Last week, this blog provided an overview of the fundamental freedoms granted by Section 2 of the Canadian Charter of Rights and Freedoms. However, the freedoms within Section 2 go far beyond their most literal meaning.

Our Charter is interpreted by what is known as the Living Tree Doctrine. Our world has changed considerably since the Charter was signed into law in 1982, and this doctrine grants the courts the power to let it evolve and address the realities of modern life.

Today’s blog will describe how the fundamental freedoms in Section 2 have evolved under the Living Tree Doctrine.

Once again, Section 2 of the Charter states that:

Everyone has the following fundamental freedoms:

(a) freedom of conscience and religion;

(b) freedom of thought, belief, opinion and expression, including freedom of the press and other media of communication;

(c) freedom of peaceful assembly; and

(d) freedom of association.

Section 2’s most important evolutions can be found in how Section 2(a) protects more than the right to religion. It also protects the right to not follow religions- and even grants Canadians the right to do what they believe is morally right regardless of religion!

This means that Canadians are protected from religious requirements set by the government. This is why Canadians are able to do business on Sundays, despite it being previously forbidden to respect Christianity’s Lord’s Day.

This is also why Section 2 protects the right to abortions and same-sex marriages. Since the decisions to have a same-sex marriage or abortions are considered moral decisions, preventing them would violate a person’s right to believe that these practices are moral.

Freedom of expression under Section 2(b) has also seen important evolution- most importantly, to protect against bans on what is deemed “obscene.”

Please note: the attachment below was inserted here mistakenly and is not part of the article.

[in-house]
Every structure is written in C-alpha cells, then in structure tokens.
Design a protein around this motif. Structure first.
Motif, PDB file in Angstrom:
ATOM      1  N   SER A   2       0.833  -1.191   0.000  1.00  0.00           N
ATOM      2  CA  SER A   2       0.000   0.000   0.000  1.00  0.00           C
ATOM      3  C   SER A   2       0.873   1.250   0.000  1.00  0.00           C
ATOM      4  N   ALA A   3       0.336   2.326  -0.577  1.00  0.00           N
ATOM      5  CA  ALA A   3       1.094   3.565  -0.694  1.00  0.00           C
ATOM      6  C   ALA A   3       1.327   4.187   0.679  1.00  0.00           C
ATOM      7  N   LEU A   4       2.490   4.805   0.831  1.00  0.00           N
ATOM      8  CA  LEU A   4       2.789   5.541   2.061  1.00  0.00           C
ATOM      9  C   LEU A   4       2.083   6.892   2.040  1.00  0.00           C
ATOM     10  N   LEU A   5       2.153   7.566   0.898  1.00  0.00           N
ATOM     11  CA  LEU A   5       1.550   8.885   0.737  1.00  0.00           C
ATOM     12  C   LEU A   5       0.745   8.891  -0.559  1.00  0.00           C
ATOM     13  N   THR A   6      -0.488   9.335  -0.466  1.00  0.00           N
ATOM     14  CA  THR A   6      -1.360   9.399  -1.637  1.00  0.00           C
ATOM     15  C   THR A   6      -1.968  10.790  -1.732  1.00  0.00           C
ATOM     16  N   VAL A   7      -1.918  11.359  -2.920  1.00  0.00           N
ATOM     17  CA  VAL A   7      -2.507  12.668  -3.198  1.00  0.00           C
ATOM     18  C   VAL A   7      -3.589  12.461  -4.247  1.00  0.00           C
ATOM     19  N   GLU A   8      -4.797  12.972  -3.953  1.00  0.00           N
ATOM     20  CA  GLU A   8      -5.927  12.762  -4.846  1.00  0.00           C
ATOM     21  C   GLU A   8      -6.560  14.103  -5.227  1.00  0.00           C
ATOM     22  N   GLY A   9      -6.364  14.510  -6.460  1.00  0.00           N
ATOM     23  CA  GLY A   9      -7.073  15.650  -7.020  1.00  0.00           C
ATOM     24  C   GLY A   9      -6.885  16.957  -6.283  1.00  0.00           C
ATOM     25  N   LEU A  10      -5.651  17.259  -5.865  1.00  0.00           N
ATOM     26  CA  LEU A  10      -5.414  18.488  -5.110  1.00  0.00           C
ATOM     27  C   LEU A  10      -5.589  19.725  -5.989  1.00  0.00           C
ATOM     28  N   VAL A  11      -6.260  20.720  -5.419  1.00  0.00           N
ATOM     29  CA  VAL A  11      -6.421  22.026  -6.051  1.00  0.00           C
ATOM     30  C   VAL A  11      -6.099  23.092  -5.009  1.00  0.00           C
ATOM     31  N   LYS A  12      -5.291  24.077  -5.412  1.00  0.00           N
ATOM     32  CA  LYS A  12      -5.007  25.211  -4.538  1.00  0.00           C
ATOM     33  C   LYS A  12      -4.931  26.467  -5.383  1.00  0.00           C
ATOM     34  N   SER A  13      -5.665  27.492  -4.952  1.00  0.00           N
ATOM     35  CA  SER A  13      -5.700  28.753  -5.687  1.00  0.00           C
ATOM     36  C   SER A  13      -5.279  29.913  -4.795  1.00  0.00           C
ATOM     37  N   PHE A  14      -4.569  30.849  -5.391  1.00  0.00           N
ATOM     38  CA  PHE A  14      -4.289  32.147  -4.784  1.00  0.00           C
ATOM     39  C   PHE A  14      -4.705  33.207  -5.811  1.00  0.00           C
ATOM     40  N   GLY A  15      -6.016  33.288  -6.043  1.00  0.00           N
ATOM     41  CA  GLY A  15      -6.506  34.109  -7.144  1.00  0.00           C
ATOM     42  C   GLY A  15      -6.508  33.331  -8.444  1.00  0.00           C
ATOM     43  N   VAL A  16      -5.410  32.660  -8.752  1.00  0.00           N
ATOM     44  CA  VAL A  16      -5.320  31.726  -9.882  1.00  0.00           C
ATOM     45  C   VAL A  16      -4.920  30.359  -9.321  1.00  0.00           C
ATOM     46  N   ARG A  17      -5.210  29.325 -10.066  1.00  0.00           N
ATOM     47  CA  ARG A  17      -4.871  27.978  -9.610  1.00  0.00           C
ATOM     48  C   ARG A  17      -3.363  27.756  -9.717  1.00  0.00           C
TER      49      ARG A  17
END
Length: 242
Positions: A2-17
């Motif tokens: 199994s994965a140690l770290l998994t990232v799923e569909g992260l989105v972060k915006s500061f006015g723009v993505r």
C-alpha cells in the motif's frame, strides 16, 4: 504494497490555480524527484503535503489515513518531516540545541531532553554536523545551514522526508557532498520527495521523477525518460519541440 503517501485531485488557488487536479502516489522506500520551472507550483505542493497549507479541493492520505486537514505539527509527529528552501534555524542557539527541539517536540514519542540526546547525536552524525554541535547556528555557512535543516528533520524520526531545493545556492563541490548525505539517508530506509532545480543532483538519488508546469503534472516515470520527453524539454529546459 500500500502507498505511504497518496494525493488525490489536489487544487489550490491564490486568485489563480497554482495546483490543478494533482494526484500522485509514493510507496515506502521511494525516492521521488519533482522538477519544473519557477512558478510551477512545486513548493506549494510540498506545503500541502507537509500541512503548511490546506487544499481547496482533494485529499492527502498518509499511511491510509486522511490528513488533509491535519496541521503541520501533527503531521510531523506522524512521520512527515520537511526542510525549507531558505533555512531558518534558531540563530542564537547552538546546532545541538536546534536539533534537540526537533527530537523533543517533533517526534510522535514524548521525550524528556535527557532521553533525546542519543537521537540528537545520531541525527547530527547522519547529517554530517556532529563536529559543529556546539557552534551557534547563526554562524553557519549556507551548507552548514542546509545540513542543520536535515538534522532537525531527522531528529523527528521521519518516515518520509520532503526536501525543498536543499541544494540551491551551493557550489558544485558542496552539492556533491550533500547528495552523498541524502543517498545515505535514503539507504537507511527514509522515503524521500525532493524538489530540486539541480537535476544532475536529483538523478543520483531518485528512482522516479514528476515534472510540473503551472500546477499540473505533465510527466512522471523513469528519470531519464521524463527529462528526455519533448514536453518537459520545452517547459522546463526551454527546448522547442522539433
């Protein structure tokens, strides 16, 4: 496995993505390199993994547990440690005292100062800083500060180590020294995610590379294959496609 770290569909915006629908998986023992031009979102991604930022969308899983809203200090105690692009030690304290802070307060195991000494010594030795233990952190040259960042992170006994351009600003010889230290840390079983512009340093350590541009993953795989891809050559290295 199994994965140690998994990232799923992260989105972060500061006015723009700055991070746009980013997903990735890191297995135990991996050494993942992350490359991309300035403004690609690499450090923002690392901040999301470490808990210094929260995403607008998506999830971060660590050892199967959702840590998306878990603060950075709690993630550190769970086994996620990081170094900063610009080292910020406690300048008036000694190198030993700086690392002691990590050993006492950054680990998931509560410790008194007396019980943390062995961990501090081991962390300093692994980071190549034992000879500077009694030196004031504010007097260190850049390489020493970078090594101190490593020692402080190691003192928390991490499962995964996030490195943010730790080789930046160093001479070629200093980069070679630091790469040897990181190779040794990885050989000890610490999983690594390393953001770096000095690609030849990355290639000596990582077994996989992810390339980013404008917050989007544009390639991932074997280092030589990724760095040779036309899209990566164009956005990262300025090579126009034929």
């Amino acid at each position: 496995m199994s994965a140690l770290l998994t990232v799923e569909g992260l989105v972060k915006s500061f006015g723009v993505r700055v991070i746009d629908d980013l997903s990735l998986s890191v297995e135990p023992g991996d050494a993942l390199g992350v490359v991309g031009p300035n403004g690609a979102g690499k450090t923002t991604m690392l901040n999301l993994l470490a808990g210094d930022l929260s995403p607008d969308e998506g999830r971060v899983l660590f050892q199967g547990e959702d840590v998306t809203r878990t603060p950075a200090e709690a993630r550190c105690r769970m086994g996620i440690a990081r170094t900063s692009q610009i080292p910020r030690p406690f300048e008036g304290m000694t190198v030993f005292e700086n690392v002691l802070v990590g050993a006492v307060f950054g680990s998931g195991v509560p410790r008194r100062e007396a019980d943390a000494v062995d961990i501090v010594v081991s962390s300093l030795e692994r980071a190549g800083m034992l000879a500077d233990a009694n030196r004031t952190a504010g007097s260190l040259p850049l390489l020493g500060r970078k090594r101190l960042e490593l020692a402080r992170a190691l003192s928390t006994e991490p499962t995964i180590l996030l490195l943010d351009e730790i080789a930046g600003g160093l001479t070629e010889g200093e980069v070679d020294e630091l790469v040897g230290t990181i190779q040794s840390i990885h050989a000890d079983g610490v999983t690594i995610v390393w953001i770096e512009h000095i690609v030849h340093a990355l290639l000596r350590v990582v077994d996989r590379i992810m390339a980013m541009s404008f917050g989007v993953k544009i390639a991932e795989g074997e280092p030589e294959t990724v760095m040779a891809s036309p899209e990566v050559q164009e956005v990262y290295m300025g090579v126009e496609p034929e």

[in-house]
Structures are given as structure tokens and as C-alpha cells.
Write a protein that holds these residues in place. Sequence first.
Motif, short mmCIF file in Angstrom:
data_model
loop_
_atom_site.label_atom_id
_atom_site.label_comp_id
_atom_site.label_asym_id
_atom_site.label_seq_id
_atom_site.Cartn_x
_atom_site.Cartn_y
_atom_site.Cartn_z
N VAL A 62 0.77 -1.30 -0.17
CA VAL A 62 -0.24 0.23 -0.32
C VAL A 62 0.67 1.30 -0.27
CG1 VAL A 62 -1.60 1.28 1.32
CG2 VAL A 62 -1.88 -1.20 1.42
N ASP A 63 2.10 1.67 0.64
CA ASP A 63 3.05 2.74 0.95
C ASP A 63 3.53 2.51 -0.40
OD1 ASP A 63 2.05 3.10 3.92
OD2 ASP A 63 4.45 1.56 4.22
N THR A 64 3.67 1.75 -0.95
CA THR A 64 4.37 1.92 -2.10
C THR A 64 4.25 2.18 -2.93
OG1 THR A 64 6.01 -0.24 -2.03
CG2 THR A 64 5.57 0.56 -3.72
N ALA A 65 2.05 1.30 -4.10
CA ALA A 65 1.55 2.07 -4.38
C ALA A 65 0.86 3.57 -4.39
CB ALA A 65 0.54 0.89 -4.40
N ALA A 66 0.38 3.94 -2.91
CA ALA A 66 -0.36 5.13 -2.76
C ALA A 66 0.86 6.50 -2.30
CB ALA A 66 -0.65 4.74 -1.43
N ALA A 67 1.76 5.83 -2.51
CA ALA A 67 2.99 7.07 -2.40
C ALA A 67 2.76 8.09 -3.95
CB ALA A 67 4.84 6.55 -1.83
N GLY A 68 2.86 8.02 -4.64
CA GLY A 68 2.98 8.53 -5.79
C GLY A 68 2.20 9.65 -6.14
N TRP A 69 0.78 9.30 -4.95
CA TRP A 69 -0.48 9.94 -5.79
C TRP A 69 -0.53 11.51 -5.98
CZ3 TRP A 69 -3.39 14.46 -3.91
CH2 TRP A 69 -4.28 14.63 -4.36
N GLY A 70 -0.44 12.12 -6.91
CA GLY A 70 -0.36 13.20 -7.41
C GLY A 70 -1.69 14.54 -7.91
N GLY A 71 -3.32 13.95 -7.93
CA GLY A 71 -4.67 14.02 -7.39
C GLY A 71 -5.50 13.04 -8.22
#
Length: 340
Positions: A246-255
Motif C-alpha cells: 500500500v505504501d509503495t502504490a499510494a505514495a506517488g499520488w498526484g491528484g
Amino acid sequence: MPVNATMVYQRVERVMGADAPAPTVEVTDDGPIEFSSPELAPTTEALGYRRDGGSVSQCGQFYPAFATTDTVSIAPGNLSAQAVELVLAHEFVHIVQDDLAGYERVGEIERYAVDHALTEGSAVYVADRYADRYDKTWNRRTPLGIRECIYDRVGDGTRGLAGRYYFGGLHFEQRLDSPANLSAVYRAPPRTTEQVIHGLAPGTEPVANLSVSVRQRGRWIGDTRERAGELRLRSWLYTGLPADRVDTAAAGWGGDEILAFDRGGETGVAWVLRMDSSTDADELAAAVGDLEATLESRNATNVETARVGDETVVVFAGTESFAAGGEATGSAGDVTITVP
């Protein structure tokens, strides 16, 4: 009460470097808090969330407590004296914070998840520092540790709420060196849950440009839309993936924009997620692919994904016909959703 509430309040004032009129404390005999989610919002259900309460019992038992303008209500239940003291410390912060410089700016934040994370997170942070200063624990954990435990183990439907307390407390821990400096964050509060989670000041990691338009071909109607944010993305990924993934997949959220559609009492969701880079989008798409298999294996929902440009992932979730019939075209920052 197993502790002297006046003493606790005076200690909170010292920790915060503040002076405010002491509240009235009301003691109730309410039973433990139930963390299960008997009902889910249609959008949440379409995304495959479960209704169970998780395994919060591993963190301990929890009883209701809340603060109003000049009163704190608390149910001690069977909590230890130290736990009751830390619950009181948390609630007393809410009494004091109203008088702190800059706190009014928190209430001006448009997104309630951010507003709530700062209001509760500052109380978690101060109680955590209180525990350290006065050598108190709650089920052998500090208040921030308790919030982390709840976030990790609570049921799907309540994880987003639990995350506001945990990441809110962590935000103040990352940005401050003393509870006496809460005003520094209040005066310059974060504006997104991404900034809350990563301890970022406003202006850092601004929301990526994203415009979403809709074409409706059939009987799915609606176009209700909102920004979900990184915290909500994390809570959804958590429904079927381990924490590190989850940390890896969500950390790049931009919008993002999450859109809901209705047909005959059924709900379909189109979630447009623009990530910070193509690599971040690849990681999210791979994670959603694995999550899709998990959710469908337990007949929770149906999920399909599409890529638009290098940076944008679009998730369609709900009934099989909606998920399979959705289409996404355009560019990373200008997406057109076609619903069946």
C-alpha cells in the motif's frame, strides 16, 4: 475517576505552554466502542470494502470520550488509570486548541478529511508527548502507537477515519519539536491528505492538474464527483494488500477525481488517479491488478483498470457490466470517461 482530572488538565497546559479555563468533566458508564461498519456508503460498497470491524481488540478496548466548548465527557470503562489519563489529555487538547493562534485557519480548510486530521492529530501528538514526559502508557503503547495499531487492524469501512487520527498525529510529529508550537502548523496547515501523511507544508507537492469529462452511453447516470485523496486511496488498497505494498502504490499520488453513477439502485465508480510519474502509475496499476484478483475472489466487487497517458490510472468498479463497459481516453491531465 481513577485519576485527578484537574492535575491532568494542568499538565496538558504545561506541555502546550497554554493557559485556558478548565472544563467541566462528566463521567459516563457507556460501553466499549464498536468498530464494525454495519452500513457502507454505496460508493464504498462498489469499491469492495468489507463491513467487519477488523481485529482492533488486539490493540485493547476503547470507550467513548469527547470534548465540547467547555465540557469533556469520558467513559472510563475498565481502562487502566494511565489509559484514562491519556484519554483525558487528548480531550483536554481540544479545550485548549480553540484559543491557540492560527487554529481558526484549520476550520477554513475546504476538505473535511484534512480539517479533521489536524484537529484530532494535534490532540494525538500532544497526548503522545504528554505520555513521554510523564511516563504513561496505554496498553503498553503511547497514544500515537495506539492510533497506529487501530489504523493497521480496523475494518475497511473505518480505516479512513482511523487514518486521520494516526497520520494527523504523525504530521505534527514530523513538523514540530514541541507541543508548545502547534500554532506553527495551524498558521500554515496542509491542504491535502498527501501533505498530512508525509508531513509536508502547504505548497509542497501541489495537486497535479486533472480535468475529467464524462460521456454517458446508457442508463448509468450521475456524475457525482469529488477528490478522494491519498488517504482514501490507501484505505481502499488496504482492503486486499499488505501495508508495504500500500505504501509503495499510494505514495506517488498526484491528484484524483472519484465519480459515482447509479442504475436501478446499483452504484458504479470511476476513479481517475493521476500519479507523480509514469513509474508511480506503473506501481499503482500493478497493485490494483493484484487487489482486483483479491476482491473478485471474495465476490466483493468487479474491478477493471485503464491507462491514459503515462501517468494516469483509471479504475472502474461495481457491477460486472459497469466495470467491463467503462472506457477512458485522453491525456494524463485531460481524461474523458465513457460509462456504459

This has been particularly important for LGBTQ2 media, which has seen frequent censorship under there laws. Thanks to the evolution of Section 2(b), Canada is enriched by the free expression of the LGBTQ2 community.

Finally, sections 2(c) and (d) of the Charter have evolved to protect unions against harmful laws. As anti-union bills make their way into provincial and federal law, they have evolved to ensure that Canadians can form unions.

This evolution is even playing out today. Supporters of Bill C-4, which removes strict requirements on unions from past laws, argue that the restrictions violate the freedom of association since they make operating as a union nearly impossible!

These are just a few examples of how the Living Tree Doctrine has expanded the interpretation of our fundamental freedoms under Section 2 of the Charter. Without the doctrine, Women, LGBTQ2 people and many more would be denied some of the most important rights we enjoy today.

We owe much to the Charter and its history of evolution, which has been the result of hard work in the courts and by civil society groups. Please check in next week, as this blog explores the many advocates for our fundamental freedoms under Section 2 of the Charter!

 

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